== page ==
Here’s to a productive and fruitful week

Today was probably one of my most productive days this month. The UK and the US were off for their public holiday, I had blocked time for a project I procrastinated on for too long (yup, I also have weaknesses), defined achievable steps for an upcoming project with some colleagues and answered the majority of my emails (yeah!). Wow! By the end of the day, I felt ahead of the day and even week.

Want to leave your office with the same feeling of accomplishment and success every day? Feel at the top of the world? Make your purposeful planning and actions thrive you to reach your best? Here are some tips for you to increase your efficiency and productivity:

  • Block time in your calendar for project work. You know your inner clock and can best assess when you’re most alert and your mind is sharpened.
  • More and more studies are showing that multi-tasking just doesn’t work. Make a conscious decision to focus on one thing before moving on to the next.
  • Batch like activities together. Set time aside for making calls (block time for them), reviewing documents, filing and checking your emails. By batching, you’re combining similar activities and are consequently streamlining your thought processes, maximising your mental focus, minimising distraction and finally increasing your productivity.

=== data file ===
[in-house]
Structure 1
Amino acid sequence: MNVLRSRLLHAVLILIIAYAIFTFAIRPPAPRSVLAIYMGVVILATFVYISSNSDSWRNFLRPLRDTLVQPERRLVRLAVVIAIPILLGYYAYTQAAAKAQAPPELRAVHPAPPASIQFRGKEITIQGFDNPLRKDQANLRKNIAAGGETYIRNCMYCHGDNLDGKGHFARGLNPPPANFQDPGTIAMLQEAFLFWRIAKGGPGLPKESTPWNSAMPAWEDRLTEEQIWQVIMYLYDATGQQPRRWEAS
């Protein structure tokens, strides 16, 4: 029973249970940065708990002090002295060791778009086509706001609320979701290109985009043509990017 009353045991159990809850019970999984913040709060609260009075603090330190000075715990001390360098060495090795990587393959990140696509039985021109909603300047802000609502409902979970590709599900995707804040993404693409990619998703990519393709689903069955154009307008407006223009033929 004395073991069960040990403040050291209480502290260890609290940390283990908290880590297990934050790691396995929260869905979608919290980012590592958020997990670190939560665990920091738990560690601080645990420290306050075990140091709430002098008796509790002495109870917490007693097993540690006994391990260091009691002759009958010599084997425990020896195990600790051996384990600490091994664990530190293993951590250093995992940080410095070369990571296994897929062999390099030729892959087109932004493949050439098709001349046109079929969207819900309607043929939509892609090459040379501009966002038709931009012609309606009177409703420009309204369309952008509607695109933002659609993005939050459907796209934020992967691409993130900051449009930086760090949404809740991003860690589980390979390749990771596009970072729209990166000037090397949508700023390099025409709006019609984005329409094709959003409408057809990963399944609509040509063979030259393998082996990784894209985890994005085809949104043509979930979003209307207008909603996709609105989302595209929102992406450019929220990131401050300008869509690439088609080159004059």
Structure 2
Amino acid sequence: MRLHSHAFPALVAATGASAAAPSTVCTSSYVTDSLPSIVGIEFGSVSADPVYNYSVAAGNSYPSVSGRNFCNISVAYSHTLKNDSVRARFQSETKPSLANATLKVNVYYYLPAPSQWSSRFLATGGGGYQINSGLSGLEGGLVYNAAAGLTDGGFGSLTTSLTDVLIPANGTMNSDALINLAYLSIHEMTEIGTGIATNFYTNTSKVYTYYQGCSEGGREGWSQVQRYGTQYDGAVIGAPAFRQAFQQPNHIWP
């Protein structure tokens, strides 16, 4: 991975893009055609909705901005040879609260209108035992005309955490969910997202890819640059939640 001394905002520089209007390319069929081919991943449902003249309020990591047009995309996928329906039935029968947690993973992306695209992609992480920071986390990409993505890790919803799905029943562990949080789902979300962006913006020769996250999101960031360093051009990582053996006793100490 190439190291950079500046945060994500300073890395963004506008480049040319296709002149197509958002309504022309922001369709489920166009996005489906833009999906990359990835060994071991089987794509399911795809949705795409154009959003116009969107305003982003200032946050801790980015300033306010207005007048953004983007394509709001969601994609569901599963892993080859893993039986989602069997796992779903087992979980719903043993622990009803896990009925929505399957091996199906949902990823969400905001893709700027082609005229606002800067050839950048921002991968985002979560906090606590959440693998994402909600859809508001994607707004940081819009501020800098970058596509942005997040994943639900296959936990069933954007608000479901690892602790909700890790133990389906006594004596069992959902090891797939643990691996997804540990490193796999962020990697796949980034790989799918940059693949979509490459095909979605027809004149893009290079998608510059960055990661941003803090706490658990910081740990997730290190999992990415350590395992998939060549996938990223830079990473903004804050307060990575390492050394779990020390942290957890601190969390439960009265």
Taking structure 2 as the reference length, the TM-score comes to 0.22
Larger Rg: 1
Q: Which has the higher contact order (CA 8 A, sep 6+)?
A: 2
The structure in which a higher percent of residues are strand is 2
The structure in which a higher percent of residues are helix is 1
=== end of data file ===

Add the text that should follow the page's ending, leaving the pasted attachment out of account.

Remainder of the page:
• Take a break. If you leave your desk and walk for 5 minutes every hour, your mind refreshes and you can concentrate on your next activity. Plus you’re avoiding being too sedentary. The Pomodoro Method takes it a step further. You take a 5-minute-long break after 25 minutes of work and after 4 blocks of 25 minutes each, you take a longer break (around 20 minutes). Experiment with the time blocks and customise them for you!
  • To truly focus on an activity, David Allen  suggests to write everything down. Get it out of your head and declutter your mind. You can then centre in on the activity in front of you.
  • As tempting as creating a to-do list is, don’t. Instead, create your destination list. Similar to pilots who may go off route, they’ll always have their destination in mind. What do you want to achieve? What impact do you want to make with these activities and projects? How do you want to feel afterwards?
  • Set boundaries. What am I committing to? Is this part of my role or am I helping someone out? If I’m helping someone out, do I have the resources (e.g. time, energy, tools) or will my own work suffer?

Are you ready to try out these tips? I’d love to hear which one is making the biggest difference for you.

Enjoy a productive and fruitful week,


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